I don't calculate the temps.
I notice the performance loss as I ride.
The biggest loss isn't from pre-ignition,
Getting higher octane fuel is not going to help the performance loss at hotter outside temperatures, because it's not nearly as hot that the engine is pinging, or else the engine temperature should rise, and it doesn't.
Getting hi-octane is only going to help if you get BP or Shell premium, as they have nitrogen infused fuels (burn harder).
Shell gives about 5% and BP 10% more power, or efficiency, depending how you ride it, but that's also true for other vehicles without turbo or intercooler.
Even scooters benefit from the same power increase.
The power loss is not linked to the use of 87-octane fuel, but from hot air, being less dense, entering the engine, thus the FI system injects less fuel to keep the correct A/F ratios, that results in the biggest loss of power.
Despite the air being hotter, which would promote pinging, it is also less dense.
And with less dense air and fuel in, compression will result in less PSI than when air is colder and denser.
Part of cooling that air more down, will help make it more dense.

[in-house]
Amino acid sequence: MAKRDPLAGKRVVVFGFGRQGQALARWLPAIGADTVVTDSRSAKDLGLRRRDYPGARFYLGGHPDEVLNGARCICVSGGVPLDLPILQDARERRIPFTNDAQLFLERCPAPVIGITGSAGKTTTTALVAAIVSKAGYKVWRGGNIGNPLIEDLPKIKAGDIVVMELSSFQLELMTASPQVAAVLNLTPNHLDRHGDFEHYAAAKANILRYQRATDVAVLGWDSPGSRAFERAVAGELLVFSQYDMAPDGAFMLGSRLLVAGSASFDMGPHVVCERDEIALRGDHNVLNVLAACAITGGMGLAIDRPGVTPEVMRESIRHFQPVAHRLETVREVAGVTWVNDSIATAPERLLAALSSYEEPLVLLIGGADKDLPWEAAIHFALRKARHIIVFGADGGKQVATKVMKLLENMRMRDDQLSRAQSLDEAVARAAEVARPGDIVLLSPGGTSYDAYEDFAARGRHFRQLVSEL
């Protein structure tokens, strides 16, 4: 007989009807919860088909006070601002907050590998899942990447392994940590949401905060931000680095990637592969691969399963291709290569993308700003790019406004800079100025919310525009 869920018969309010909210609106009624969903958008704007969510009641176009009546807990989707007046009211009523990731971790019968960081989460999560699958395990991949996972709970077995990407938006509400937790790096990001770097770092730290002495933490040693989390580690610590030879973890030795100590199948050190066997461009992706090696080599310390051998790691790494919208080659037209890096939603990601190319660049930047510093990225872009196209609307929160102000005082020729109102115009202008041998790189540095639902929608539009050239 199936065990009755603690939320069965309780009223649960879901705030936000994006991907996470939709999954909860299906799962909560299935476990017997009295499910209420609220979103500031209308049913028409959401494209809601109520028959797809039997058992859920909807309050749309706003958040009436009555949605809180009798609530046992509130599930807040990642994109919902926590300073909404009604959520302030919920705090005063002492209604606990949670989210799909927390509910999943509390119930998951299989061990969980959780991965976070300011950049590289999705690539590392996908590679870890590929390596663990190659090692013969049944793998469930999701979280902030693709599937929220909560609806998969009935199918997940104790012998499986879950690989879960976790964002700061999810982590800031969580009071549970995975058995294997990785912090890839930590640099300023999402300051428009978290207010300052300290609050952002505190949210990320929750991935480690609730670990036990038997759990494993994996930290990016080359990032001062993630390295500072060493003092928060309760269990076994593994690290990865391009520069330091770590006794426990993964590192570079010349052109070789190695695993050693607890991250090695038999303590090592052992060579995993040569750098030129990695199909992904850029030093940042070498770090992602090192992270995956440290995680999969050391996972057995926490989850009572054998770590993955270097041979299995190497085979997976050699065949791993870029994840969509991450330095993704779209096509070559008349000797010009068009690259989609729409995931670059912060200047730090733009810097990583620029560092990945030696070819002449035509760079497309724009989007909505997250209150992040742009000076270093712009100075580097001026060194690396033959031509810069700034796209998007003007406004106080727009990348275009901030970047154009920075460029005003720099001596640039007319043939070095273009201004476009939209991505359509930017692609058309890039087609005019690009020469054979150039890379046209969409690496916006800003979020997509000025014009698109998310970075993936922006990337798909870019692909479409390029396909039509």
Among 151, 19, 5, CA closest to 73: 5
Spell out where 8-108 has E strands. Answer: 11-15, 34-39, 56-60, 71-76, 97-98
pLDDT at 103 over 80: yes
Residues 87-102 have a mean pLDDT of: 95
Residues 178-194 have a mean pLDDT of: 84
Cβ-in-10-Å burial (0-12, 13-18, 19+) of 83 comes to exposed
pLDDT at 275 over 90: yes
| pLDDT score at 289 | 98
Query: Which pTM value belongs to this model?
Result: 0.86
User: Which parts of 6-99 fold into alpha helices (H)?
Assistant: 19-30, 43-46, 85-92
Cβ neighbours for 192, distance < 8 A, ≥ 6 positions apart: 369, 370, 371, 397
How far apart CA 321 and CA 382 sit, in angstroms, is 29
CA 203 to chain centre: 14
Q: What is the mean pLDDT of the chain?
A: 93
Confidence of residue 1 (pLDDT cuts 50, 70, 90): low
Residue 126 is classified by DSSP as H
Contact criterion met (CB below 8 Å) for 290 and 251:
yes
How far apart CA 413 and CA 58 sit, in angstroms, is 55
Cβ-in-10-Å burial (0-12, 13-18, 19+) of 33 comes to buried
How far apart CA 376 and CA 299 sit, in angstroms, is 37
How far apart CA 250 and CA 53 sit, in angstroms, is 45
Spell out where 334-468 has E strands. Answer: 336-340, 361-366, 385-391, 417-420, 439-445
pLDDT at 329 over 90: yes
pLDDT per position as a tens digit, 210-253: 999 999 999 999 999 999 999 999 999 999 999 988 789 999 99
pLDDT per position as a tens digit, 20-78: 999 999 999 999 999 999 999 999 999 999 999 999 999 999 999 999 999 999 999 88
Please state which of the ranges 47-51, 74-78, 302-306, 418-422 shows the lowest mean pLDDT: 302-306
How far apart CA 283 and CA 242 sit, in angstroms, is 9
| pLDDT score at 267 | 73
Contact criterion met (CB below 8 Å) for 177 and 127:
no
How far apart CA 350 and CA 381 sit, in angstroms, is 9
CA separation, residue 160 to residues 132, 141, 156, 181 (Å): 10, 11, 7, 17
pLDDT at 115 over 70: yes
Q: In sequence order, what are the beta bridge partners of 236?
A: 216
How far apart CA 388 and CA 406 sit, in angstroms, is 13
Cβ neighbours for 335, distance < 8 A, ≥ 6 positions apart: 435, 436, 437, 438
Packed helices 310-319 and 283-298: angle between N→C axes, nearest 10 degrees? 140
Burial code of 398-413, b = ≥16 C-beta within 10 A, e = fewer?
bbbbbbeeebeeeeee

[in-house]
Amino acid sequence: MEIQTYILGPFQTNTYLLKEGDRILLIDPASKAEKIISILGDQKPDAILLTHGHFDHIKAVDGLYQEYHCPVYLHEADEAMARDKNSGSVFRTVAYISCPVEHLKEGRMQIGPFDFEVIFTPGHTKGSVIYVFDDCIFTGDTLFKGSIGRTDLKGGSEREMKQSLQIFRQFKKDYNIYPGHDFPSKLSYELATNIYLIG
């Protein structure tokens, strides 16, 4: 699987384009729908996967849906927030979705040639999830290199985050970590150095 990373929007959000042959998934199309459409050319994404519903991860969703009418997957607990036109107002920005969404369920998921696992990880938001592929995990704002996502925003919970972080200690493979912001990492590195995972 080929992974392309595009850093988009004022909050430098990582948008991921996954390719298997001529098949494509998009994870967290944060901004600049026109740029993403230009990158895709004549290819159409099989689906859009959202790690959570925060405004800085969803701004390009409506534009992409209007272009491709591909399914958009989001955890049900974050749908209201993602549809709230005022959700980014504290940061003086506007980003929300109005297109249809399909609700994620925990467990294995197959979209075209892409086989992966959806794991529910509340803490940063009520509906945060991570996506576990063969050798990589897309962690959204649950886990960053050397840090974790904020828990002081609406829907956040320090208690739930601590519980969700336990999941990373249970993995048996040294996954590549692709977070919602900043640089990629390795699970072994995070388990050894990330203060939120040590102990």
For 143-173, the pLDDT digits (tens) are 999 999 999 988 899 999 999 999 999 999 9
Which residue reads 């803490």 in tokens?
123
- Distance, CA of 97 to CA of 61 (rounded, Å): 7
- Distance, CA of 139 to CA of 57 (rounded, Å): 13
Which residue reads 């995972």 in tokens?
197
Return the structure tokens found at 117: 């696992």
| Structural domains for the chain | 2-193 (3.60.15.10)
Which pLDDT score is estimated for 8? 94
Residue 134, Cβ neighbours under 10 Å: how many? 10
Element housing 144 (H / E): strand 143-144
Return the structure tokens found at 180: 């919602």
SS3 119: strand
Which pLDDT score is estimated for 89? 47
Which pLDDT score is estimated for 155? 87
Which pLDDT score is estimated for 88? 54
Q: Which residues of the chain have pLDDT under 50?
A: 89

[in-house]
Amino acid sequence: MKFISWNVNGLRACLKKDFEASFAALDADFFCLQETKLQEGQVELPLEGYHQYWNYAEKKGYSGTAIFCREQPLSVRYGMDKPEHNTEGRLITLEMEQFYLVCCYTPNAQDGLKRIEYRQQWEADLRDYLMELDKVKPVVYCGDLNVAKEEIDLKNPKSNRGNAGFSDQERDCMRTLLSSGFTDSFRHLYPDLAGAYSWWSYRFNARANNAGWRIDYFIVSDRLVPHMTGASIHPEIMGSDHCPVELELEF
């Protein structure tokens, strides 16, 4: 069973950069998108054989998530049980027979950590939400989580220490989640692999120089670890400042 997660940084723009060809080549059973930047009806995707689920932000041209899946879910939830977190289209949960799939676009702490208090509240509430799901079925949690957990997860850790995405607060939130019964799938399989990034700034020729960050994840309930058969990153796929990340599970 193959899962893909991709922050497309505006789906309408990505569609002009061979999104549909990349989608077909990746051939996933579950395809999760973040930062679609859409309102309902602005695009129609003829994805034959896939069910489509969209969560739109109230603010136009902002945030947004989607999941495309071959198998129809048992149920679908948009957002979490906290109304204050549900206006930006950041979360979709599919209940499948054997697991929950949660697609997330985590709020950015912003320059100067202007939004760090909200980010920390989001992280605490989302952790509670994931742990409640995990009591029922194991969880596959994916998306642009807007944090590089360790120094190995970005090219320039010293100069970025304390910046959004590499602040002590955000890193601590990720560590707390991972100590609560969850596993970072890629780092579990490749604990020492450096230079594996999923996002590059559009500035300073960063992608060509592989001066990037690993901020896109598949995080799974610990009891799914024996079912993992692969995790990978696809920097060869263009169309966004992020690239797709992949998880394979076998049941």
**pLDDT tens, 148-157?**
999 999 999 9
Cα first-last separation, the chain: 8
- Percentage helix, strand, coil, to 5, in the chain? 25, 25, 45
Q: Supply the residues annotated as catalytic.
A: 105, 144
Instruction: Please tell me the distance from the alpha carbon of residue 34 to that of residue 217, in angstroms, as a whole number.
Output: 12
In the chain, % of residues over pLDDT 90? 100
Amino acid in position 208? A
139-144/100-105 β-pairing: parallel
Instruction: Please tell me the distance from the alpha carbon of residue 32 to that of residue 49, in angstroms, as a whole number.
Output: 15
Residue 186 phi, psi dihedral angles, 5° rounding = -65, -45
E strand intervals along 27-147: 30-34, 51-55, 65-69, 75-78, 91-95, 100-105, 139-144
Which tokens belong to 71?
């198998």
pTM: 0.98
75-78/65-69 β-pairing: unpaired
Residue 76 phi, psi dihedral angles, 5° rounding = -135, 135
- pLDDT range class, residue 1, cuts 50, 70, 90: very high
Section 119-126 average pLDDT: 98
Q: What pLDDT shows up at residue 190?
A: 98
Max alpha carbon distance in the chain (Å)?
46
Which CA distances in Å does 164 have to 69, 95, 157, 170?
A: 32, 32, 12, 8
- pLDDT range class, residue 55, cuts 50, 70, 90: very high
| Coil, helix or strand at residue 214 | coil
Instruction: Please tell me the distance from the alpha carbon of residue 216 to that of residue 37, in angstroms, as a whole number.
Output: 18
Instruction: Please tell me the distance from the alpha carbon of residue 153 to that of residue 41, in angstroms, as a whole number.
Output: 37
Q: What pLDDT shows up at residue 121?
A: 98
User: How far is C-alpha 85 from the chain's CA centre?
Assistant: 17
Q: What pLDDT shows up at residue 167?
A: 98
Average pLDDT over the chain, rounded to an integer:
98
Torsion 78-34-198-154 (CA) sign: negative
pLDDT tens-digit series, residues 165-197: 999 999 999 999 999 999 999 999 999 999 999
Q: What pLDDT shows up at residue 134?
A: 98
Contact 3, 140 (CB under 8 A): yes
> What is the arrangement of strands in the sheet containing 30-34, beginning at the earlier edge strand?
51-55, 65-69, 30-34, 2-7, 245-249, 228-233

And the hose between turbo and intercooler is the area where most heat can be soaked out of.
As far as high RPM,
I notice that at 80F, the turbo kicks in at just over 2000RPM, to ~2700RPM.
At 100F, it kicks in around 2500RPM to 3000RPM.
As the air is cooled in the intercooler, it shrinks, and probably causes a pressure drop; forcing the turbo to reach higher RPM to be effective.
As for engine RPM, on the on-ramp to the interstate, to 75MPH, in 5th gear, that will be 3500RPM.
I know that the engine doesn't perform well above 3k RPM, so I always try to keep it under. But it has almost no acceleration in 6th.
So the added engine friction and heat losses in (manually forced) 5th gear, compensate for the added torque compared to accelerating it in what the automatic gearbox would recommend in 6th gear.
Even at 105F, 6th gear functions well to maintain speed, but it no longer has any overtaking power, or acceleration at these speeds.